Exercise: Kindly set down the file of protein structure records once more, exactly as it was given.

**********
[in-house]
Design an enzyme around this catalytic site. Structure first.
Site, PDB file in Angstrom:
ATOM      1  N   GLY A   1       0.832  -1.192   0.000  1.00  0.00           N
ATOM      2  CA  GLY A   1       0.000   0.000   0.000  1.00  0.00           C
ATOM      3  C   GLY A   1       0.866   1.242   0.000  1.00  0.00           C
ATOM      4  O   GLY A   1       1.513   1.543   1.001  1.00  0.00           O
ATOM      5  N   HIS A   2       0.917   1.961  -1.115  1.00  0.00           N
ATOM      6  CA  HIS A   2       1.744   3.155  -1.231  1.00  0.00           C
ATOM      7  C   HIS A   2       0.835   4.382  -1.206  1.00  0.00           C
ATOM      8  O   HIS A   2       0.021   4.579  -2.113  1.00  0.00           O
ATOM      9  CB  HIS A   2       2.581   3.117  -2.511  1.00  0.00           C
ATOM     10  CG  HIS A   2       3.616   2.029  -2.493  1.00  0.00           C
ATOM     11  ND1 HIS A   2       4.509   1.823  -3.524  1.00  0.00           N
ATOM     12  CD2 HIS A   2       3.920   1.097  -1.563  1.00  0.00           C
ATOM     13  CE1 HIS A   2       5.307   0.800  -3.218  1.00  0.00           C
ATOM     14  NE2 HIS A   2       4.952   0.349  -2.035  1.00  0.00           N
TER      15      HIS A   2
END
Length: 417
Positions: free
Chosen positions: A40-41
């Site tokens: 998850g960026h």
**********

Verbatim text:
[in-house]
Design an enzyme around this catalytic site. Structure first.
Site, PDB file in Angstrom:
ATOM      1  N   GLY A   1       0.832  -1.192   0.000  1.00  0.00           N
ATOM      2  CA  GLY A   1       0.000   0.000   0.000  1.00  0.00           C
ATOM      3  C   GLY A   1       0.866   1.242   0.000  1.00  0.00           C
ATOM      4  O   GLY A   1       1.513   1.543   1.001  1.00  0.00           O
ATOM      5  N   HIS A   2       0.917   1.961  -1.115  1.00  0.00           N
ATOM      6  CA  HIS A   2       1.744   3.155  -1.231  1.00  0.00           C
ATOM      7  C   HIS A   2       0.835   4.382  -1.206  1.00  0.00           C
ATOM      8  O   HIS A   2       0.021   4.579  -2.113  1.00  0.00           O
ATOM      9  CB  HIS A   2       2.581   3.117  -2.511  1.00  0.00           C
ATOM     10  CG  HIS A   2       3.616   2.029  -2.493  1.00  0.00           C
ATOM     11  ND1 HIS A   2       4.509   1.823  -3.524  1.00  0.00           N
ATOM     12  CD2 HIS A   2       3.920   1.097  -1.563  1.00  0.00           C
ATOM     13  CE1 HIS A   2       5.307   0.800  -3.218  1.00  0.00           C
ATOM     14  NE2 HIS A   2       4.952   0.349  -2.035  1.00  0.00           N
TER      15      HIS A   2
END
Length: 417
Positions: free
Chosen positions: A40-41
């Site tokens: 998850g960026h």